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June 3, 2014

APL Instrument to Fly on First NASA-Funded Virgin Galactic Spaceflight


Electromagnetic Fields Measurement instrument
Virgin Galactic’s SpaceShipTwo
Components of APL’s Electromagnetic Fields Measurement instrument. For scale, the device measures about 10 by 10 inches. (Image credit: Johns Hopkins University Applied Physics Laboratory)

Virgin Galactic’s SpaceShipTwo — pictured here during a supersonic flight test earlier this year — will carry a dozen NASA-sponsored scientific payloads. (Image credit: MarsScientific.com and Clay Center Observatory via Virgin Galactic)

While Earth’s upper atmosphere may soon be a destination for space tourists, scientists from the Johns Hopkins University Applied Physics Laboratory (APL) have set their sights on being among the first to blaze a research trail in this “suborbital” region, with the launch of an instrument to study magnetic activity 50 miles aboveground.

APL’s Electromagnetic Field Measurements instrument is one of 12 experiments set to fly on Virgin Galactic’s SpaceShipTwo, as part of the first NASA-funded science mission on a suborbital space plane. During a 90-minute flight — on a launch date to be announced — the instrument will characterize the electromagnetic field inside the spacecraft, to help scientists understand the potential effects of strong external and internally generated fields on the spacecraft and what they carry.

“This data will enable future payloads designed to make scientific observations of Earth’s magnetic field to cancel out interference from the spacecraft,” says APL’s H. Todd Smith, the Electromagnetic Field Measurements principal investigator. “Ultimately, our payload will serve as an integration platform for future scientific research and instrument development activities.”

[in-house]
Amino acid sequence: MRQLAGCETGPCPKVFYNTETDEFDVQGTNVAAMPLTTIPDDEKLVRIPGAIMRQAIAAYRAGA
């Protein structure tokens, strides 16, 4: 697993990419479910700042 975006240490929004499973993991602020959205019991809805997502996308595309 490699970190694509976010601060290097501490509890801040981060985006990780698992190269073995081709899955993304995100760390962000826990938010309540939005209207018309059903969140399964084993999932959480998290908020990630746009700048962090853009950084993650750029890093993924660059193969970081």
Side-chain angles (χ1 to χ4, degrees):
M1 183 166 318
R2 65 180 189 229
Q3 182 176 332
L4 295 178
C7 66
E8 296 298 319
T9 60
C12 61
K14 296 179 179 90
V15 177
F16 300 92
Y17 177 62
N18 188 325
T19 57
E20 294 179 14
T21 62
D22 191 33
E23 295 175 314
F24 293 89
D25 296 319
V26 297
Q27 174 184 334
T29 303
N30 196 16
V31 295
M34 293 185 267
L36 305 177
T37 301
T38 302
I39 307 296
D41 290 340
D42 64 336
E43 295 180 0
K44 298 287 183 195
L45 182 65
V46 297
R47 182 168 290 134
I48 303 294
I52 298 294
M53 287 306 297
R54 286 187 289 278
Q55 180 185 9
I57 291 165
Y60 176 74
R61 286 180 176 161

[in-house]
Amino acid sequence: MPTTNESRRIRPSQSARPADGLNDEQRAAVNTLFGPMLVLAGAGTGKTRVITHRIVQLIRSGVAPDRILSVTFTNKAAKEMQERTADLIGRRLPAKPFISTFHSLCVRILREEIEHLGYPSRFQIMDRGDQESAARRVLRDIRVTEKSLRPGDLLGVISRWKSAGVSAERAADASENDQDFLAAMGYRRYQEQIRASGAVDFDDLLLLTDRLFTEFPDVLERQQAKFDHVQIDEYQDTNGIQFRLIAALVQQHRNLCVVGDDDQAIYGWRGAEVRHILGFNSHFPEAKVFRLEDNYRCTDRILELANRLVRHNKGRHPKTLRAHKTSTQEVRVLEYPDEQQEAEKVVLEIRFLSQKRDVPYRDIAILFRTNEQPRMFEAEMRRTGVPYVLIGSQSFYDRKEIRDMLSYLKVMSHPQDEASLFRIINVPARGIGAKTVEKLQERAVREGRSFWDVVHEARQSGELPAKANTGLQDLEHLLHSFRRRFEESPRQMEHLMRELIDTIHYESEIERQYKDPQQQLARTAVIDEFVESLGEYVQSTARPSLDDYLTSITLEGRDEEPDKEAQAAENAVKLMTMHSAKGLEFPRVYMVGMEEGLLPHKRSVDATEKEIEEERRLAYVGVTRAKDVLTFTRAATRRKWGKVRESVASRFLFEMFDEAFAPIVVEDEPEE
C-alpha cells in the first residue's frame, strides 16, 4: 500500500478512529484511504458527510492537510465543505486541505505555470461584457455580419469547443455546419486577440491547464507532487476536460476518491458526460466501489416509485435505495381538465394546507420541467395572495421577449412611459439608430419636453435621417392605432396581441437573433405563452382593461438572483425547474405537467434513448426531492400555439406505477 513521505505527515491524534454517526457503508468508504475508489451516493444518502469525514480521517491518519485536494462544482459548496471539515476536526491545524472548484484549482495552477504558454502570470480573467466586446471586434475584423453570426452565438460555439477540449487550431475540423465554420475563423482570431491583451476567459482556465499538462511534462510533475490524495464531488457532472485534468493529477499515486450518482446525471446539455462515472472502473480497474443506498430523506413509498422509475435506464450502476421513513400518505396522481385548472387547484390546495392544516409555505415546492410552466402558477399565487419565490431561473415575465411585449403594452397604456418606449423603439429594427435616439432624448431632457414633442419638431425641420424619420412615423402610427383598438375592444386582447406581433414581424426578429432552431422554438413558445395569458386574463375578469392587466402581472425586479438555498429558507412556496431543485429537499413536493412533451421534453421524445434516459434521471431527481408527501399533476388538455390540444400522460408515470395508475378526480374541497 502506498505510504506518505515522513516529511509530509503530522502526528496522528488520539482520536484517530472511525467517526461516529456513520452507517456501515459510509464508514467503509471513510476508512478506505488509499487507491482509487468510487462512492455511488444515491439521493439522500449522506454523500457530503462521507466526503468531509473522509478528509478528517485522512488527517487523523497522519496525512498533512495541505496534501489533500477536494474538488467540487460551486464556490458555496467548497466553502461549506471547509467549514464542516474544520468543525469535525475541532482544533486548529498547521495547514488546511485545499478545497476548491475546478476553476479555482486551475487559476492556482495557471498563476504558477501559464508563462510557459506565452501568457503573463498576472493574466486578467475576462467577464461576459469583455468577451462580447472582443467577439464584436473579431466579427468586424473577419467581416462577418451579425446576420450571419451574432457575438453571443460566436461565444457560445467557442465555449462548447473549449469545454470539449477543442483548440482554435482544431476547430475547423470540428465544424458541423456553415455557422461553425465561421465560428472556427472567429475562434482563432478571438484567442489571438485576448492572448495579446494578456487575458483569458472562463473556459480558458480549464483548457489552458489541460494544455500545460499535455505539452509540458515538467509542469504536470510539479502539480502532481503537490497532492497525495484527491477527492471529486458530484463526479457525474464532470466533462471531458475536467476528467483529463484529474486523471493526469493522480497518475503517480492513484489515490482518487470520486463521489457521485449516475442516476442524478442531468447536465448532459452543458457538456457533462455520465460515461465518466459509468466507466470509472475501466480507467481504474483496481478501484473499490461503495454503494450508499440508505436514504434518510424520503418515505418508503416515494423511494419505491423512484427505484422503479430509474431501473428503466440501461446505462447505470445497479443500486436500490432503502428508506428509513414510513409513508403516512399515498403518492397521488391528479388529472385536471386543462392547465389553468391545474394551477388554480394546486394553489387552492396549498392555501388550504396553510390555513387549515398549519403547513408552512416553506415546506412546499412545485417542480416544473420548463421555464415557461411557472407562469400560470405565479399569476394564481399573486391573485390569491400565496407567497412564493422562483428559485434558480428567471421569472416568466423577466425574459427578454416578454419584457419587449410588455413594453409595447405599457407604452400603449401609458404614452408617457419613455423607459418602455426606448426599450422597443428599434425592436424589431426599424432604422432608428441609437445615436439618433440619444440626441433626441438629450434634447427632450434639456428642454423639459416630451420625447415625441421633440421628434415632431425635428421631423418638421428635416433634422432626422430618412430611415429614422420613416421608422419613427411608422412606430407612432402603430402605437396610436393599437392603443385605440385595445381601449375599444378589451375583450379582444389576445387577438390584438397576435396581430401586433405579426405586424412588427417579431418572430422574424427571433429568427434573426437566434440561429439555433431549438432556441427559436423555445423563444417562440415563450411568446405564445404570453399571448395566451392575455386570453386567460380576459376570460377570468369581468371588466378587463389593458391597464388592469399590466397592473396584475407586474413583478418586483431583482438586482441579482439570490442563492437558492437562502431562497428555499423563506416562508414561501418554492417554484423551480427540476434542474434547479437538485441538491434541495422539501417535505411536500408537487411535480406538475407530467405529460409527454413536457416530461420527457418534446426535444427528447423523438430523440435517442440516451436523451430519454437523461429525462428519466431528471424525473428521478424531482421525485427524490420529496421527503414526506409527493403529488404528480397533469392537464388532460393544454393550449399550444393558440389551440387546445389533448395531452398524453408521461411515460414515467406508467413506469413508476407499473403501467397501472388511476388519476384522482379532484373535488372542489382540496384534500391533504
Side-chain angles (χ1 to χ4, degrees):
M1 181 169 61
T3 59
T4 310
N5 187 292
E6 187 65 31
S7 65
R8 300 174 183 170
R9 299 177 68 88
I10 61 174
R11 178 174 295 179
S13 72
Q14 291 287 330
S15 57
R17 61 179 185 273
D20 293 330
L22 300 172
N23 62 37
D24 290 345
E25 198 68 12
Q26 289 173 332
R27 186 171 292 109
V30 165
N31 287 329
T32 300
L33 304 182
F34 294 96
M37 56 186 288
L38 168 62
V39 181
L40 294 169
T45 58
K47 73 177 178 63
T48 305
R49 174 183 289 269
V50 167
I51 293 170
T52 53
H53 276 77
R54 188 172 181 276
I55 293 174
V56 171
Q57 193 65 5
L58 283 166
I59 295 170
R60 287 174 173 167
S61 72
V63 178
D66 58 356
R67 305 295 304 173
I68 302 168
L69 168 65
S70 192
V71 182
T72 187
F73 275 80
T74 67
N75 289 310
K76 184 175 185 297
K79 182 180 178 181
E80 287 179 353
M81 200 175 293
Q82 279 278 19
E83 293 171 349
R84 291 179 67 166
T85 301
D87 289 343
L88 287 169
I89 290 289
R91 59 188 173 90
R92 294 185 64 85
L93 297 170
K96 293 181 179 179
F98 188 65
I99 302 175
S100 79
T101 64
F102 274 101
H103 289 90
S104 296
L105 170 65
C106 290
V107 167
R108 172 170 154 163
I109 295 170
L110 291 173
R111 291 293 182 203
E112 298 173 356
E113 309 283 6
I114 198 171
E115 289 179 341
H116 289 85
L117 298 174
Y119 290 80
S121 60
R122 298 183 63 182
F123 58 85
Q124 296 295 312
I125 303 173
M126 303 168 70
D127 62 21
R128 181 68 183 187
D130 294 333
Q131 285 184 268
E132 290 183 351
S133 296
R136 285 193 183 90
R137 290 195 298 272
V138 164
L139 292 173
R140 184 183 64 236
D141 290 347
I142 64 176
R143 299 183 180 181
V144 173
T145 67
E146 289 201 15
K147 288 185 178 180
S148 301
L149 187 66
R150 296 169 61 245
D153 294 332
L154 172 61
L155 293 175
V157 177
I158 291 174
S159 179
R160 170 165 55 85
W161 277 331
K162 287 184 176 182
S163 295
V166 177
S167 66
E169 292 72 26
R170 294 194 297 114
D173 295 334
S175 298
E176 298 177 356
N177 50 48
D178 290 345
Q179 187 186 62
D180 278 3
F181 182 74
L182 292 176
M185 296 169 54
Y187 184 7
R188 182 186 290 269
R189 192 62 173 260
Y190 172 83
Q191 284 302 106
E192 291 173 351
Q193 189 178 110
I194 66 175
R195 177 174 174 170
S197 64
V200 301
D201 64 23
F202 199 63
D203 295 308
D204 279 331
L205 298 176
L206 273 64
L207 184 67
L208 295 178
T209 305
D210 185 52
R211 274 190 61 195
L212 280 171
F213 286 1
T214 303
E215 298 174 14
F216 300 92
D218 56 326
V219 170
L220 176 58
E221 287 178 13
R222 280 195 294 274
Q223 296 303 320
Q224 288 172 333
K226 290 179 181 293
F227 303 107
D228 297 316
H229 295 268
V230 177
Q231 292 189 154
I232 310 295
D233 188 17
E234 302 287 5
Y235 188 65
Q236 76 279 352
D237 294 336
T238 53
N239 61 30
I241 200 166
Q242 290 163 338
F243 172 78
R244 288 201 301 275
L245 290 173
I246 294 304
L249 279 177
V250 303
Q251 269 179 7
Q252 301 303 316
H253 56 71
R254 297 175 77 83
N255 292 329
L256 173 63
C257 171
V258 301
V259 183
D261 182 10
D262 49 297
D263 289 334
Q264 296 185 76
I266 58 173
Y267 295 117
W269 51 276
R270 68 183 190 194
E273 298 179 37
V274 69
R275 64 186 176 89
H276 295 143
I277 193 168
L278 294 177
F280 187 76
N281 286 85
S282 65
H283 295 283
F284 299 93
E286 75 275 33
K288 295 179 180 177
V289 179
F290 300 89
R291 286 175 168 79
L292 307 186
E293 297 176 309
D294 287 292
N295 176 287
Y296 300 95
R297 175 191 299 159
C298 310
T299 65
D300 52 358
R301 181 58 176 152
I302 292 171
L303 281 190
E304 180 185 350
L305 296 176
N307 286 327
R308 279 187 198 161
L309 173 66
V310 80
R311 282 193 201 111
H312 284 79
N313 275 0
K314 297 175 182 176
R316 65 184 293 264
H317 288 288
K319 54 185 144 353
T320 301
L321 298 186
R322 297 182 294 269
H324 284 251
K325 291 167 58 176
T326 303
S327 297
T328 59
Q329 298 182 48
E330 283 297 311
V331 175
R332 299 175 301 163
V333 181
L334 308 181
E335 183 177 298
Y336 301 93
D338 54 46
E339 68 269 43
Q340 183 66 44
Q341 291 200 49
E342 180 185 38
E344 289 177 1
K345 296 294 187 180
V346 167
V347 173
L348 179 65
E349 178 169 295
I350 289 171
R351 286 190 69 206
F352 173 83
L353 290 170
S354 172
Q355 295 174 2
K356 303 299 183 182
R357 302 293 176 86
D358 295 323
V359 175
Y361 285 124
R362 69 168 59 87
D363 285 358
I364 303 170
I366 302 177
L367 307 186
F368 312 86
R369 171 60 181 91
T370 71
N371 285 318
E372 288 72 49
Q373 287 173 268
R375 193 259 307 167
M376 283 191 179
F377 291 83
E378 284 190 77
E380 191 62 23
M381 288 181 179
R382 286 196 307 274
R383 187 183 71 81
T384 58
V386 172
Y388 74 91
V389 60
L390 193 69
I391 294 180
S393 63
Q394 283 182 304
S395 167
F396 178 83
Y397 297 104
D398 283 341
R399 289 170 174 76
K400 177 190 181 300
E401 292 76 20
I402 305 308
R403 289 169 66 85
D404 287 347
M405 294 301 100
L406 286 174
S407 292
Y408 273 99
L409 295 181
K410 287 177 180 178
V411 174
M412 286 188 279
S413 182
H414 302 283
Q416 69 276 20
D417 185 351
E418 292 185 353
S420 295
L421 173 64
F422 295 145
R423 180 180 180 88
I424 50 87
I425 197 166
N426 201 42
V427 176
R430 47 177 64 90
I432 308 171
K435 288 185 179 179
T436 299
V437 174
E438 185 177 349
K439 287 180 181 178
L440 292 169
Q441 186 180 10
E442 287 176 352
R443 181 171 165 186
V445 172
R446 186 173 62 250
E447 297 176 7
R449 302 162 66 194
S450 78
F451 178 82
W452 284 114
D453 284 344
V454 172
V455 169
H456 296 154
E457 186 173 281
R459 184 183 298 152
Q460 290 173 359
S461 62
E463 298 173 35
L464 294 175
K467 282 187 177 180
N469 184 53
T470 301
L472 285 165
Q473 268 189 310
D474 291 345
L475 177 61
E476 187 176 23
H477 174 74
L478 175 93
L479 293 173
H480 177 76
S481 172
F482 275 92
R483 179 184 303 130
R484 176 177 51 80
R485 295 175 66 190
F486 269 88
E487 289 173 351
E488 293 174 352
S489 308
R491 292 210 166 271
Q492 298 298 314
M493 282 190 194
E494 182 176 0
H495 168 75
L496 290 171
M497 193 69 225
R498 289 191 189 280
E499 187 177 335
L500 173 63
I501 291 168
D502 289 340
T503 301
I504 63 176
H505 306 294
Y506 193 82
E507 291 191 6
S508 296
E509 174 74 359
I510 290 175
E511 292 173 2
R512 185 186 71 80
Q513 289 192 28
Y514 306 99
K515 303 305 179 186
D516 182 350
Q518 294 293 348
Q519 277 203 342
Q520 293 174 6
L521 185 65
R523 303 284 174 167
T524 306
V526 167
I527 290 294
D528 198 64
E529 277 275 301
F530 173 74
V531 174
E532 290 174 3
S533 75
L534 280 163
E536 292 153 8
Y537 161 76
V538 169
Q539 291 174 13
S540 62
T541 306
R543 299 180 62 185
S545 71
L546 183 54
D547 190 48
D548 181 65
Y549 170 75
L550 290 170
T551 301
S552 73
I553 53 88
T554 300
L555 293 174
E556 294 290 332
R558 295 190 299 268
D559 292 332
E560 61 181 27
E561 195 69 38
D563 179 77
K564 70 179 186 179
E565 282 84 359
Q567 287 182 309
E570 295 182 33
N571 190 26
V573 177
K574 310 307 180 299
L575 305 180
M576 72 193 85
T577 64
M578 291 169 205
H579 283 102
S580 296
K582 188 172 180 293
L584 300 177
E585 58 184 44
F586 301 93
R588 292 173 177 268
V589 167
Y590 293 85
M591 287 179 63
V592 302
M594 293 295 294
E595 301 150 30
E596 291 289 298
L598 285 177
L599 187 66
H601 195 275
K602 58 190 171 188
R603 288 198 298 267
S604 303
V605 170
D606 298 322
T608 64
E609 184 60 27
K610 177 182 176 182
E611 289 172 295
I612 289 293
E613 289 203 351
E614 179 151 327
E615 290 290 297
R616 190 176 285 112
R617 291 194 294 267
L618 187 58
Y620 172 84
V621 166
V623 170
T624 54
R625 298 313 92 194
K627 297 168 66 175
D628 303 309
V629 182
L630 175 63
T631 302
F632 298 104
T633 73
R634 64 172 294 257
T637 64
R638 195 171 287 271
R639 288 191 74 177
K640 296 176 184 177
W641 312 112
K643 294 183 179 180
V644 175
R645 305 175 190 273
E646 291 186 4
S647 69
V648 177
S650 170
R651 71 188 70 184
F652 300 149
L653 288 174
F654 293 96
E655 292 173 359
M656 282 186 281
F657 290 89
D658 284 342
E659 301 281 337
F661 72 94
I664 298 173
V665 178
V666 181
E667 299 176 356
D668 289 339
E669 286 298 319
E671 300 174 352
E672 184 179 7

Scientists hope commercial spacecraft designed for tourism may also provide low-cost access to space for research, instrument development, technology demonstrations and education. These new manned and unmanned vehicles will initially travel to altitudes up to 50 miles — just about 80 kilometers — at costs much lower and with higher frequency than current research rockets.

Researchers refer to this region as the “ignorosphere” because it’s been so difficult to study directly. “It’s too high for balloons and aircraft to reach, yet too low for satellites,” Smith said. “Yet, this is a critical transition region for our atmosphere — approaching the gateway between Earth and outer space — so these new vehicles may afford an unprecedented research opportunity.”

APL is establishing a foothold in the burgeoning field of suborbital space research; the Lab hosted a meeting last summer for scientists to discuss the latest commercial space developments and determine the utility, challenges and interest for aeronomy investigations — studies of the upper atmosphere — enabled by the rapidly emerging commercial suborbital spacecraft industry. APL is also set to launch three more instruments under NASA’s Flight Opportunities program, which leverages commercially available vehicles and platforms to enable technology discoveries.

The flights will allow researchers to demonstrate the viability of their technologies while taking advantage of American commercial access to near-space. “We are at the beginning of a revolutionary new age in which the average person can have access to space,” Smith said. “The sky is literally the limit for the scientific possibilities.”

Media contact: Michael Buckley, 240-228-7536, Michael.Buckley@jhuapl.edu

The Applied Physics Laboratory, a not-for-profit division of The Johns Hopkins University, meets critical national challenges through the innovative application of science and technology. For more information, visit www.jhuapl.edu.